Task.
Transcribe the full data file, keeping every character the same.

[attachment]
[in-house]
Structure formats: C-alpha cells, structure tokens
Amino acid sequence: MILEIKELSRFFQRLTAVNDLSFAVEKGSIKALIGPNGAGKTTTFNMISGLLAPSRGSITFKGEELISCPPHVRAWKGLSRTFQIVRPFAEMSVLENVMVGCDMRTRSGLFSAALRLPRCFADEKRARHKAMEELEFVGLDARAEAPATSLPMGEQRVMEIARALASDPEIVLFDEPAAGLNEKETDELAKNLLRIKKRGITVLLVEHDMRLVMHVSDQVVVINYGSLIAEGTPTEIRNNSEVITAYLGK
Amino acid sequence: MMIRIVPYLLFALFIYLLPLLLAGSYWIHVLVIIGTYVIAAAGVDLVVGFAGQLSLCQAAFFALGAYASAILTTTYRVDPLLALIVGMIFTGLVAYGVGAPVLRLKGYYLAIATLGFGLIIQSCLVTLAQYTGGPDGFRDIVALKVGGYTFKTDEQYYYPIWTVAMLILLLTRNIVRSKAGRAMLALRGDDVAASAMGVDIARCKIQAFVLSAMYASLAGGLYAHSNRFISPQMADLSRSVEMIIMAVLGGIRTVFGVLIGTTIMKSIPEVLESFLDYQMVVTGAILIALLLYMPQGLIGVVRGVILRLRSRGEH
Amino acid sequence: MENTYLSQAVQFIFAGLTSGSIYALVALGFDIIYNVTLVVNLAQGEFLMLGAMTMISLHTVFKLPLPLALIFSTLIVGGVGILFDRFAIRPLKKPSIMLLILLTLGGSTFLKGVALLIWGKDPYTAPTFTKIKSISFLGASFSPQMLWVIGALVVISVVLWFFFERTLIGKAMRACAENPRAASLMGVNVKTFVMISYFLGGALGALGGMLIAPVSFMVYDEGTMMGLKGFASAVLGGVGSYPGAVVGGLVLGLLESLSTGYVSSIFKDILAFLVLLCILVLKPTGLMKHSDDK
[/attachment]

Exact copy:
[in-house]
Structure formats: C-alpha cells, structure tokens
Amino acid sequence: MILEIKELSRFFQRLTAVNDLSFAVEKGSIKALIGPNGAGKTTTFNMISGLLAPSRGSITFKGEELISCPPHVRAWKGLSRTFQIVRPFAEMSVLENVMVGCDMRTRSGLFSAALRLPRCFADEKRARHKAMEELEFVGLDARAEAPATSLPMGEQRVMEIARALASDPEIVLFDEPAAGLNEKETDELAKNLLRIKKRGITVLLVEHDMRLVMHVSDQVVVINYGSLIAEGTPTEIRNNSEVITAYLGK
Amino acid sequence: MMIRIVPYLLFALFIYLLPLLLAGSYWIHVLVIIGTYVIAAAGVDLVVGFAGQLSLCQAAFFALGAYASAILTTTYRVDPLLALIVGMIFTGLVAYGVGAPVLRLKGYYLAIATLGFGLIIQSCLVTLAQYTGGPDGFRDIVALKVGGYTFKTDEQYYYPIWTVAMLILLLTRNIVRSKAGRAMLALRGDDVAASAMGVDIARCKIQAFVLSAMYASLAGGLYAHSNRFISPQMADLSRSVEMIIMAVLGGIRTVFGVLIGTTIMKSIPEVLESFLDYQMVVTGAILIALLLYMPQGLIGVVRGVILRLRSRGEH
Amino acid sequence: MENTYLSQAVQFIFAGLTSGSIYALVALGFDIIYNVTLVVNLAQGEFLMLGAMTMISLHTVFKLPLPLALIFSTLIVGGVGILFDRFAIRPLKKPSIMLLILLTLGGSTFLKGVALLIWGKDPYTAPTFTKIKSISFLGASFSPQMLWVIGALVVISVVLWFFFERTLIGKAMRACAENPRAASLMGVNVKTFVMISYFLGGALGALGGMLIAPVSFMVYDEGTMMGLKGFASAVLGGVGSYPGAVVGGLVLGLLESLSTGYVSSIFKDILAFLVLLCILVLKPTGLMKHSDDK